PubDate: 2021-07-07
  • Inflammation-related genes S100s, RNASE3, and CYBB and risk of leukemic
           transformation in patients with myelodysplastic syndrome with

    • Abstract: Myelodysplastic syndrome with myelofibrosis (MDS-MF) has been associated with an inferior prognosis compared with MDS without MF. However, MDS-MF is not listed independently as a subtype of MDS, and its clinical and genetic characteristics remain poorly understood. We retrospectively compared 53 patients with MDS-MF (44 MF grade 1/MF1; 9 MF grade 2–3/MF2 − 3) and 31 with de novo MDS without MF (MDS). The leukemic transformation risks of both MDS-MF2 − 3 and MDS-MF1 were increased compared with the MDS group. To identify the potential mechanisms responsible for the leukemic transformation of MDS-MF, we performed single-cell sequencing for one MDS-MF2 − 3 patient before and after leukemic transformation to explore the variations in gene expression levels. In addition to upgraded expression levels of acute myeloid leukemia-related genes during leukemic transformation, expression levels of some inflammation-related genes (such as S100s, RNASE3, and CYBB) were also increased, and inflammation-related pathways were up-regulated. These results suggest that inflammation-related genes and pathways may play an important role in the leukemic transformation of MDS-MF.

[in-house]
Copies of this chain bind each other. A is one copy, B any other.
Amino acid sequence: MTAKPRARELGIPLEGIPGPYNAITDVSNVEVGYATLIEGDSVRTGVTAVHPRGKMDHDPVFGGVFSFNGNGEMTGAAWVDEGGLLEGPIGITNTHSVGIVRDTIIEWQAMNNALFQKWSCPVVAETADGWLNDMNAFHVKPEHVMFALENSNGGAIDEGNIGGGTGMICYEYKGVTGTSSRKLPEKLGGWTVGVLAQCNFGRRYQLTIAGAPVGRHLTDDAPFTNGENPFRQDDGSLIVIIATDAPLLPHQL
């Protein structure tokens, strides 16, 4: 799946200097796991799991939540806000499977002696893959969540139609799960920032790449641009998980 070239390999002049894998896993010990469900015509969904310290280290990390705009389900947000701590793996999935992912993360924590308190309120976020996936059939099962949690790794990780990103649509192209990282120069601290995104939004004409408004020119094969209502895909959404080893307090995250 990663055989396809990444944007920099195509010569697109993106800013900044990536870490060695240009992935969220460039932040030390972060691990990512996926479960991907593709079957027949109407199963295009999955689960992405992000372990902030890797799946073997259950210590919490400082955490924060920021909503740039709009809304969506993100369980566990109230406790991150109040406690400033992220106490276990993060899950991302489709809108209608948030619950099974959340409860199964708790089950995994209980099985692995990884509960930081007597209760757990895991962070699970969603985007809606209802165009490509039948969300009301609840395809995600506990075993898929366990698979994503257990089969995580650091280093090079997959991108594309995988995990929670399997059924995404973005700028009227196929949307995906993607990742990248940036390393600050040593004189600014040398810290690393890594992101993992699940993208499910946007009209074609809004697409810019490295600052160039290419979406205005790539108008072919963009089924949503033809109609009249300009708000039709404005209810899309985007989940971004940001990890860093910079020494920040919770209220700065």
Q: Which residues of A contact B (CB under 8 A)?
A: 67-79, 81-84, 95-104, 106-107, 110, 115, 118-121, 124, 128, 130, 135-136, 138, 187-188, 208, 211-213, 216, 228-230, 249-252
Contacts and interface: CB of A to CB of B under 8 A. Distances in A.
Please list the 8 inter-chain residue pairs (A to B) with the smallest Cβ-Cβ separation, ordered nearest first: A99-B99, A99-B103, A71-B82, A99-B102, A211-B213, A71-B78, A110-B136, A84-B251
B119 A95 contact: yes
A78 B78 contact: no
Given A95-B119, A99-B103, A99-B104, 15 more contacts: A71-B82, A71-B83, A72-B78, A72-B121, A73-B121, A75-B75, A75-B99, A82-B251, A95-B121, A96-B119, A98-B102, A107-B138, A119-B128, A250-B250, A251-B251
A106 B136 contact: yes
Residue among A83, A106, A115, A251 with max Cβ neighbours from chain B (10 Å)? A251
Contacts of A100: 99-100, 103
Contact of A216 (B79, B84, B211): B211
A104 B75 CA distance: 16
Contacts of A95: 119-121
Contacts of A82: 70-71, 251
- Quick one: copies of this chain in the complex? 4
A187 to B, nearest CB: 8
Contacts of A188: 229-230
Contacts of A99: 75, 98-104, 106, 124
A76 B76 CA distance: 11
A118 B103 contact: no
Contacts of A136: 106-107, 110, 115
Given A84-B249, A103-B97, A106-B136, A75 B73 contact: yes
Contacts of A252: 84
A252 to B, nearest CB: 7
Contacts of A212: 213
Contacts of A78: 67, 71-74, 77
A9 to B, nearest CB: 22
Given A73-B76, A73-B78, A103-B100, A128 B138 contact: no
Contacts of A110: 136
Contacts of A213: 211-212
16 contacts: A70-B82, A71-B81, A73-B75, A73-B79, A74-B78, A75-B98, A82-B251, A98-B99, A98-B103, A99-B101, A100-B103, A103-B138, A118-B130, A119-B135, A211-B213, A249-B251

PubDate: 2021-07-02
  • Imaging biomarkers for evaluating tumor response: RECIST and beyond

    • Abstract: Response Evaluation Criteria in Solid Tumors (RECIST) is the gold standard for assessment of treatment response in solid tumors. Morphologic change of tumor size evaluated by RECIST is often correlated with survival length and has been considered as a surrogate endpoint of therapeutic efficacy. However, the detection of morphologic change alone may not be sufficient for assessing response to new anti-cancer medication in all solid tumors. During the past fifteen years, several molecular-targeted therapies and immunotherapies have emerged in cancer treatment which work by disrupting signaling pathways and inhibited cell growth. Tumor necrosis or lack of tumor progression is associated with a good therapeutic response even in the absence of tumor shrinkage. Therefore, the use of unmodified RECIST criteria to estimate morphological changes of tumor alone may not be sufficient to estimate tumor response for these new anti-cancer drugs. Several studies have reported the low reliability of RECIST in evaluating treatment response in different tumors such as hepatocellular carcinoma, lung cancer, prostate cancer, brain glioma, bone metastasis, and lymphoma. There is an increased need for new medical imaging biomarkers, considering the changes in tumor viability, metabolic activity, and attenuation, which are related to early tumor response. Promising imaging techniques, beyond RECIST, include dynamic contrast-enhanced computed tomography (CT) or magnetic resonance imaging (MRI), diffusion-weight imaging (DWI), magnetic resonance spectroscopy (MRS), and 18 F-fluorodeoxyglucose (FDG) positron emission tomography (PET). This review outlines the current RECIST with their limitations and the new emerging concepts of imaging biomarkers in oncology.
      PubDate: 2021-07-02
  • The roles of ribosomal proteins in nasopharyngeal cancer: culprits,
           sentinels or both